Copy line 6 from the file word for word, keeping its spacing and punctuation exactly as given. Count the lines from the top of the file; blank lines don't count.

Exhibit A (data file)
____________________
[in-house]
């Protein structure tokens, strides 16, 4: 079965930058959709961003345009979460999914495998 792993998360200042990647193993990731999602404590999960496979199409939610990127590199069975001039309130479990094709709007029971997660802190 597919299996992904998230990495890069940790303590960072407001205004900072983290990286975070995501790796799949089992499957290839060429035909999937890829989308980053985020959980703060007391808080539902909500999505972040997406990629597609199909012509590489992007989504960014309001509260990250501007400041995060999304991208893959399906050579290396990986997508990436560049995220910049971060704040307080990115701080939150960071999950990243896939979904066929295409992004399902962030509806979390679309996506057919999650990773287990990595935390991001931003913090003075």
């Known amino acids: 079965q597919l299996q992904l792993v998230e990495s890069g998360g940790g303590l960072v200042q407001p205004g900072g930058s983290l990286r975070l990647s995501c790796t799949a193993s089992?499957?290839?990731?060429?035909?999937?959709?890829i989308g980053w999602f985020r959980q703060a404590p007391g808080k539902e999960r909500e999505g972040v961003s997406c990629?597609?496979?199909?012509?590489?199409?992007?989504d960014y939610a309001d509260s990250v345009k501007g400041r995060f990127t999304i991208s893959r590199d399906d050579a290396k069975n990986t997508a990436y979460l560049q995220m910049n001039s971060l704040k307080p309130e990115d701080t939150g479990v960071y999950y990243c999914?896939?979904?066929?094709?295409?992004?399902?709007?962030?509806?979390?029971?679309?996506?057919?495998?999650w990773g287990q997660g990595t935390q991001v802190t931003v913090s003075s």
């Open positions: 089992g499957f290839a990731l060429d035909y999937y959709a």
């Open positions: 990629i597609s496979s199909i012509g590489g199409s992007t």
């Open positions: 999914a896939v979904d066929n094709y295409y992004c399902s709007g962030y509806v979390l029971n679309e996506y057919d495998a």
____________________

């Open positions: 999914a896939v979904d066929n094709y295409y992004c399902s709007g962030y509806v979390l029971n679309e996506y057919d495998a």